Moving between fixed and fluid creative states

I made this photo of Stac Pollaidh (pronounced Stack Polly) last October during an exceptionally windy day. I've known of this location at the end of the loch for some time, having first spotted it many years ago on a week long workshop with a group. I was drawn to the criss-crossed lines in the foreground rock, and knew that if I could be here when the conditions were right, then I might get what I envisaged in my mind's eye.

I've stuck with the same film type for years now because I love it, and because I know it well. You could say this is part of my structured approach to creativity.

I've stuck with the same film type for years now because I love it, and because I know it well. You could say this is part of my structured approach to creativity.

I've found over the years of repeatedly going back to places, I learn how the landscape works. I begin to understand where the light is coming from and where to be at sunrise and sunset, but I also get to know some of the more intimate details of the locations I visit - the criss-crossed features of the foreground rocks in the above picture is a perfect example of that.

Continuing from my previous post, I think it's important to keep things fluid. I love to go for a wander and to find things by chance, or to encounter something where there was no pre-visualisation involved. It's very freeing to work with what you're given. But there is also value in researching places and building up knowledge of locations too. I like both approaches and tend to move between fluid and fixed states all the time.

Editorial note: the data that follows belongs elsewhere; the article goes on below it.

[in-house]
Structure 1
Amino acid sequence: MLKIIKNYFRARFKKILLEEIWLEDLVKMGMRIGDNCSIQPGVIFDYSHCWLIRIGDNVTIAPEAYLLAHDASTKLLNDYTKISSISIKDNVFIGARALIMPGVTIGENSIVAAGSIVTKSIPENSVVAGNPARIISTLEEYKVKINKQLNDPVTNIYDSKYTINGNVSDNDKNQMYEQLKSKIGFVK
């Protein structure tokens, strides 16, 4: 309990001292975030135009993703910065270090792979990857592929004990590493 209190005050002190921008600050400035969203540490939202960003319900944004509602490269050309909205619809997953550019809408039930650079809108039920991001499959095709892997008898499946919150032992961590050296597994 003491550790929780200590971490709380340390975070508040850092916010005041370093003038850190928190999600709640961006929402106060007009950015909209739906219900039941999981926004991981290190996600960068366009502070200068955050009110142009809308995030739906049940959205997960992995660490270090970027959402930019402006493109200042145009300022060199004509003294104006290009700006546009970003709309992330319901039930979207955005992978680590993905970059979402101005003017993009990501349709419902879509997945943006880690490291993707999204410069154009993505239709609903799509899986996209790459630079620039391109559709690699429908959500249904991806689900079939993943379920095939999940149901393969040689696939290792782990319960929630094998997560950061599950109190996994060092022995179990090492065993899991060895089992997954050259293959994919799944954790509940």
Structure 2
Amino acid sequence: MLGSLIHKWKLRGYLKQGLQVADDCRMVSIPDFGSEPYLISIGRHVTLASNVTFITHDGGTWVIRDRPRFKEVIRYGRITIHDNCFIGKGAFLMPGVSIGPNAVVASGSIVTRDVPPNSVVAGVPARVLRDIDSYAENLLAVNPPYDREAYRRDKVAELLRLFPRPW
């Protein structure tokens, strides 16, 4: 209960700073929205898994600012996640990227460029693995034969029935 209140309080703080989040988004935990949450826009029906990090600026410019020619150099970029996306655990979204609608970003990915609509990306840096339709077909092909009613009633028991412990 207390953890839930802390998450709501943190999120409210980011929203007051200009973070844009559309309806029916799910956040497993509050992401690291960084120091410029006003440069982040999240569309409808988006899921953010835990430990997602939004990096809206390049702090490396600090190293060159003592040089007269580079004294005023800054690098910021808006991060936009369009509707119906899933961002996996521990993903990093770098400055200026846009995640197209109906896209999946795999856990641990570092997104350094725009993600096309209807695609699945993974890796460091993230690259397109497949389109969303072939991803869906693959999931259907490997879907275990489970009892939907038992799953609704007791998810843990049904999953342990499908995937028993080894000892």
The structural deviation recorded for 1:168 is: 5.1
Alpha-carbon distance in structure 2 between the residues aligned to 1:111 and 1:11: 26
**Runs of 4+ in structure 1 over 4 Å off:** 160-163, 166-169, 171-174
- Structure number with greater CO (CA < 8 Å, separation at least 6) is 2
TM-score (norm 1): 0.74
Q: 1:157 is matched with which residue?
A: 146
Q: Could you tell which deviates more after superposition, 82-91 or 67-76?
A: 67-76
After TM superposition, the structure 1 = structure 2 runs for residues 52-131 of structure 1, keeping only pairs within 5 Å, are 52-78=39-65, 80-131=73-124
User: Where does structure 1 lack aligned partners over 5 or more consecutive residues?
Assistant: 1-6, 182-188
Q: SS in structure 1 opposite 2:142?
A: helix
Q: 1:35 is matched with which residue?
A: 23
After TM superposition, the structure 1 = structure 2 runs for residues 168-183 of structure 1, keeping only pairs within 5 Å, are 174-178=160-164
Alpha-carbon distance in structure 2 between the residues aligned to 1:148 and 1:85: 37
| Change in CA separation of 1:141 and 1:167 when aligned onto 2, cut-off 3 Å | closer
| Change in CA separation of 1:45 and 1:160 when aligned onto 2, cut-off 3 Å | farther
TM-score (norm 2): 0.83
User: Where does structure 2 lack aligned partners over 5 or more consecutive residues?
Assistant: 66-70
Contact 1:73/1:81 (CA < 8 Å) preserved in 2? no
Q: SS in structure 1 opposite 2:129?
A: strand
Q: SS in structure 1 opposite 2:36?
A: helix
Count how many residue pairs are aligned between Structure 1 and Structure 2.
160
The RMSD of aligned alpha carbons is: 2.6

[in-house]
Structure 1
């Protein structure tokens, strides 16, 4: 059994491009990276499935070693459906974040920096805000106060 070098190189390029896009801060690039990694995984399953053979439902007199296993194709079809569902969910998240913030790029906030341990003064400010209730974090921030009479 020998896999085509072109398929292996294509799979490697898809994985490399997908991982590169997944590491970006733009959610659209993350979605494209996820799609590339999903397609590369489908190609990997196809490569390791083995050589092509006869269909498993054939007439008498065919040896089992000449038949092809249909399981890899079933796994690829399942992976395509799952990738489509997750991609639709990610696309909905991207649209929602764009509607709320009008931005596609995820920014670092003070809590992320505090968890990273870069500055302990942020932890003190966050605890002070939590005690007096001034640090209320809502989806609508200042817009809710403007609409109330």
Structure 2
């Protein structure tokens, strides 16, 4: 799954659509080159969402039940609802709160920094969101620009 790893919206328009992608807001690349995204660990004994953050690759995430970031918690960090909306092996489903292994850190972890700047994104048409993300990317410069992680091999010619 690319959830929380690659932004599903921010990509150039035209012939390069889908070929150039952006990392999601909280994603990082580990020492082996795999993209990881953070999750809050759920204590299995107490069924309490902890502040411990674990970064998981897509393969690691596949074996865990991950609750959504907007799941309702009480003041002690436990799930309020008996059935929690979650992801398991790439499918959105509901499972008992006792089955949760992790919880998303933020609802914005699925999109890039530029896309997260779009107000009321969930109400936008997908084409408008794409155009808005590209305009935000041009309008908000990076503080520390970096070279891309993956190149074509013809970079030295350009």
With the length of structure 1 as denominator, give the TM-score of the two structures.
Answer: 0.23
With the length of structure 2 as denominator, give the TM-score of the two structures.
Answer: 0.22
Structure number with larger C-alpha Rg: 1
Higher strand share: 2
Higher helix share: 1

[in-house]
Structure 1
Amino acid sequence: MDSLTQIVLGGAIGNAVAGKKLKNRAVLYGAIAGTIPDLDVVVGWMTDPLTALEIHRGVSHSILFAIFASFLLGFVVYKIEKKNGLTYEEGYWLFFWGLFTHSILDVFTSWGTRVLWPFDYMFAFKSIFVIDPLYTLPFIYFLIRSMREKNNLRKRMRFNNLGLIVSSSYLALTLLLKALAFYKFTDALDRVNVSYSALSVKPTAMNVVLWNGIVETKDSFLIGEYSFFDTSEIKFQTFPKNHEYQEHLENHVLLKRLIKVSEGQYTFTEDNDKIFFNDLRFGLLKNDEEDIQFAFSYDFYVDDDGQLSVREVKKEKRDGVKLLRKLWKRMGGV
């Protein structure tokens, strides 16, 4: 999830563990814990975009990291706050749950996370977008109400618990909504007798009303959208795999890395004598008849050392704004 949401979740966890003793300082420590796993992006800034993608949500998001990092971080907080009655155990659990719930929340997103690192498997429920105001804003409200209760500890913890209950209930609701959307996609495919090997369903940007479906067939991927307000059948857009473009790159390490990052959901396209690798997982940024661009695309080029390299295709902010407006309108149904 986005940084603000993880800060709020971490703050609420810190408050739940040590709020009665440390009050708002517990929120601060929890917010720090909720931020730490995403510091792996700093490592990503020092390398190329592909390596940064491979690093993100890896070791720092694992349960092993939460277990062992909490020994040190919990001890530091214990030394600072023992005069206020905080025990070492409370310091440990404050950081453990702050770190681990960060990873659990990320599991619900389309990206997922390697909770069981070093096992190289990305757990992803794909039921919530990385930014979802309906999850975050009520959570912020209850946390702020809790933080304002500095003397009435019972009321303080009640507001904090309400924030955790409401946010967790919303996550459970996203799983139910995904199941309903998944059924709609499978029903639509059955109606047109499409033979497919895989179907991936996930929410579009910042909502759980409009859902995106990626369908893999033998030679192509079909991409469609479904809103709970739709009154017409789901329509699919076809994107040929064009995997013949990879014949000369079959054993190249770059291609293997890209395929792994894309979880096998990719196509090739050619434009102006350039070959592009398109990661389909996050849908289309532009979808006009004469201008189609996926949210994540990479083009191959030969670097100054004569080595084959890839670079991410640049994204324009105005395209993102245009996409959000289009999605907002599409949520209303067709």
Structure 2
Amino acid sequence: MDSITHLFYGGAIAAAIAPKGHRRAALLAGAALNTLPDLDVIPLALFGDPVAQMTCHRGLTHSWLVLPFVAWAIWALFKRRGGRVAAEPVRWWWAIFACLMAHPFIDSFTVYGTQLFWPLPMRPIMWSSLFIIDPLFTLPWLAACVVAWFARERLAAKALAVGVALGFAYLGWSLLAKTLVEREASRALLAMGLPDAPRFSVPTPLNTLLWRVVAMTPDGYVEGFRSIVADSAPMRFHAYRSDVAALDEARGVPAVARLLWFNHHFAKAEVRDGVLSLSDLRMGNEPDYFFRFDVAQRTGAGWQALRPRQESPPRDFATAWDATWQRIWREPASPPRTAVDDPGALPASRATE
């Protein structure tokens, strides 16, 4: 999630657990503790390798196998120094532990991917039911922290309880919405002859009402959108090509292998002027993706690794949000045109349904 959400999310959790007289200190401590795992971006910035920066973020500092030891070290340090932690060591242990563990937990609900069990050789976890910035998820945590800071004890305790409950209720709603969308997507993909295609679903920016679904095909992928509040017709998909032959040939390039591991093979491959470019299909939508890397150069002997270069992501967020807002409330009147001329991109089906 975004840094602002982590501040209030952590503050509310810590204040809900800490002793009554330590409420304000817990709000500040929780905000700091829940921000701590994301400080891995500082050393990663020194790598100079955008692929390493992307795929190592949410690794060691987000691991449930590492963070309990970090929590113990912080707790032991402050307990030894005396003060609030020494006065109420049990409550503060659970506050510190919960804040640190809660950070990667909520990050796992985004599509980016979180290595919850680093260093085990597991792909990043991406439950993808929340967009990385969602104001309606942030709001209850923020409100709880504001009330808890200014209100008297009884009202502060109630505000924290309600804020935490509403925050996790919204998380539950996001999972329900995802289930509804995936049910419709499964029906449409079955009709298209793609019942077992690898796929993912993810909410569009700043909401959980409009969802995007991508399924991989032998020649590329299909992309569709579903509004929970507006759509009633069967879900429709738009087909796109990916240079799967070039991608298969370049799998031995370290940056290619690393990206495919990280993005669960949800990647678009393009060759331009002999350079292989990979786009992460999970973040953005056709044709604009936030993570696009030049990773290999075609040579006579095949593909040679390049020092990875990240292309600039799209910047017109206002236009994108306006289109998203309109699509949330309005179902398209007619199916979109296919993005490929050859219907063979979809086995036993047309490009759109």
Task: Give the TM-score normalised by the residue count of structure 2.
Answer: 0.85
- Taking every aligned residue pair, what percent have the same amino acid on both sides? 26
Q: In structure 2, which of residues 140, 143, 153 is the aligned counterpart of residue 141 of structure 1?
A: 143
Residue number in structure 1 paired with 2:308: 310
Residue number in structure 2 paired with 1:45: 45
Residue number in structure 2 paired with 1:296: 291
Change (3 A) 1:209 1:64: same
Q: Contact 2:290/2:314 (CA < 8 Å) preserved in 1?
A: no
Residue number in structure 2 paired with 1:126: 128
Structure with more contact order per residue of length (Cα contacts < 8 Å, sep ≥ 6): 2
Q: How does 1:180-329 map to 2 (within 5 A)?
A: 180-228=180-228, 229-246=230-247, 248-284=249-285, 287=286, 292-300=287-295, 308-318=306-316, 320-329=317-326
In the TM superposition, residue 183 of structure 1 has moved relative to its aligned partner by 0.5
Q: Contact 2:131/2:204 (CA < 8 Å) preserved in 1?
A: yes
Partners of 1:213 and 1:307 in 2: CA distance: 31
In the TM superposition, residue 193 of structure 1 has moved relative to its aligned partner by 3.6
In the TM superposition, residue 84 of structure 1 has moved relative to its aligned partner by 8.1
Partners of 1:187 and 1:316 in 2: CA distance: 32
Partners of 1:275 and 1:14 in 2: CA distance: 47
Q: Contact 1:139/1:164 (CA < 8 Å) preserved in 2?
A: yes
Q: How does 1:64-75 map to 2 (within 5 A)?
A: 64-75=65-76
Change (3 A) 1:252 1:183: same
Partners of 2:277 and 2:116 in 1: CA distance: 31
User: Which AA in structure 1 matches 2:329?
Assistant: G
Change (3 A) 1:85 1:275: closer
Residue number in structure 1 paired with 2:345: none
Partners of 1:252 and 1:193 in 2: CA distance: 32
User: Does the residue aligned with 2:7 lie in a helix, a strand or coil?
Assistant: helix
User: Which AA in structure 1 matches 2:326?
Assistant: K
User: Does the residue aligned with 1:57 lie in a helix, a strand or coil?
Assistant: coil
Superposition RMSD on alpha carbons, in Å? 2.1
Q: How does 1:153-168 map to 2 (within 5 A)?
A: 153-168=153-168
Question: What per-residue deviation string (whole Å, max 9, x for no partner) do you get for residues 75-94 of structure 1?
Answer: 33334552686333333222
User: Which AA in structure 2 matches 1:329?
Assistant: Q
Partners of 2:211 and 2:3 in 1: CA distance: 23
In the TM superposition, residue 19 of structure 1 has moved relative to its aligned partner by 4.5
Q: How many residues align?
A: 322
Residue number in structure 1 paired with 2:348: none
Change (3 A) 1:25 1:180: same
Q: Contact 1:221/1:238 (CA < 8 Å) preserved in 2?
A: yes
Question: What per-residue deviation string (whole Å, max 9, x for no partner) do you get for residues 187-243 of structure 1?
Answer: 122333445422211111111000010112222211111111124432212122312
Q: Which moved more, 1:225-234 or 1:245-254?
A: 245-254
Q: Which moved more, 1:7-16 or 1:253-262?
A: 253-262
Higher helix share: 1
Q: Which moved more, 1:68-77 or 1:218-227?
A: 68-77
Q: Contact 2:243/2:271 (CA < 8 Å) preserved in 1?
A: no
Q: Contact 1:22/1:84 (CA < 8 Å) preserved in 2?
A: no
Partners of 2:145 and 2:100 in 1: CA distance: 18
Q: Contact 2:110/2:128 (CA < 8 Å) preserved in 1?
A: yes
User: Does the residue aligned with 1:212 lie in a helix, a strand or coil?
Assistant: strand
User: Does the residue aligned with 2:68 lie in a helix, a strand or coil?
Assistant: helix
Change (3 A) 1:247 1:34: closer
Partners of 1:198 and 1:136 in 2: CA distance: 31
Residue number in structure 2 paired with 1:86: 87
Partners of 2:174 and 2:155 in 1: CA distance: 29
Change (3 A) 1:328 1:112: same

I think my personality has dual sides: in some ways I prefer to be structured while in others I prefer to be fluid. For example, i'm very structured with my technical process. I've used the same film stock for many years now, and I never deviate from it. I am also very wary of changing even the smallest of things in my workflow, because I believe it could have far reaching consequences that I'm unable to comprehend until much later. But I also like to be very fluid - I prefer not to pre-visualise a scene, often going for what feels right at the time. This is not just in what I choose to shoot while on location, but also in how I edit the work. I like to keep an open mind in this regard as I may find later when I come to review the photographs that I see something different or new in them. 

So I think to be creative, we need to be able to move between these two states of being fluid and fixed. Being fluid allows us to find new things and find inspiration, while being fixed allows us to shape them - to give our ideas structure and to see them through to completion.

The skill however, is in knowing which state to be in, and when :-)

I like to try out my shots in black and white sometimes. They may be better in monochrome, but even if they aren't, I maybe notice new things about the image when viewed with the colour removed. It allows me to free up what I'm doing and I think this is perhaps a fluid aspect to my creativity.

I like to try out my shots in black and white sometimes. They may be better in monochrome, but even if they aren't, I maybe notice new things about the image when viewed with the colour removed. It allows me to free up what I'm doing and I think this is perhaps a fluid aspect to my creativity.